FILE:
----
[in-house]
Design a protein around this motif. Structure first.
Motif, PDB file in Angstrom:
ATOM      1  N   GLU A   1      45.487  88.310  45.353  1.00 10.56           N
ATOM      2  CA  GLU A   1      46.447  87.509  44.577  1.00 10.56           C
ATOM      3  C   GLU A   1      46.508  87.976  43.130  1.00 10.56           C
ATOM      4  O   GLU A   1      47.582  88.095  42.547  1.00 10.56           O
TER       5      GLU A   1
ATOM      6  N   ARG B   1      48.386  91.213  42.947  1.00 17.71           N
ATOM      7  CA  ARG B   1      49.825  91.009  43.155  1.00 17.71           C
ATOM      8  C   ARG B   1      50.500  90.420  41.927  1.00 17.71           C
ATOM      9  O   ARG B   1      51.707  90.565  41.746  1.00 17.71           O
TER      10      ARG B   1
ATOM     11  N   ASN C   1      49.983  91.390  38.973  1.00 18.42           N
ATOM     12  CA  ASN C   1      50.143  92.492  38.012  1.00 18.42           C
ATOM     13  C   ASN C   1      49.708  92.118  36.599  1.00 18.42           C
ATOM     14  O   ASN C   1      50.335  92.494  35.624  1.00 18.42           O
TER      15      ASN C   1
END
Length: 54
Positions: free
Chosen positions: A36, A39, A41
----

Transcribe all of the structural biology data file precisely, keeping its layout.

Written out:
[in-house]
Design a protein around this motif. Structure first.
Motif, PDB file in Angstrom:
ATOM      1  N   GLU A   1      45.487  88.310  45.353  1.00 10.56           N
ATOM      2  CA  GLU A   1      46.447  87.509  44.577  1.00 10.56           C
ATOM      3  C   GLU A   1      46.508  87.976  43.130  1.00 10.56           C
ATOM      4  O   GLU A   1      47.582  88.095  42.547  1.00 10.56           O
TER       5      GLU A   1
ATOM      6  N   ARG B   1      48.386  91.213  42.947  1.00 17.71           N
ATOM      7  CA  ARG B   1      49.825  91.009  43.155  1.00 17.71           C
ATOM      8  C   ARG B   1      50.500  90.420  41.927  1.00 17.71           C
ATOM      9  O   ARG B   1      51.707  90.565  41.746  1.00 17.71           O
TER      10      ARG B   1
ATOM     11  N   ASN C   1      49.983  91.390  38.973  1.00 18.42           N
ATOM     12  CA  ASN C   1      50.143  92.492  38.012  1.00 18.42           C
ATOM     13  C   ASN C   1      49.708  92.118  36.599  1.00 18.42           C
ATOM     14  O   ASN C   1      50.335  92.494  35.624  1.00 18.42           O
TER      15      ASN C   1
END
Length: 54
Positions: free
Chosen positions: A36, A39, A41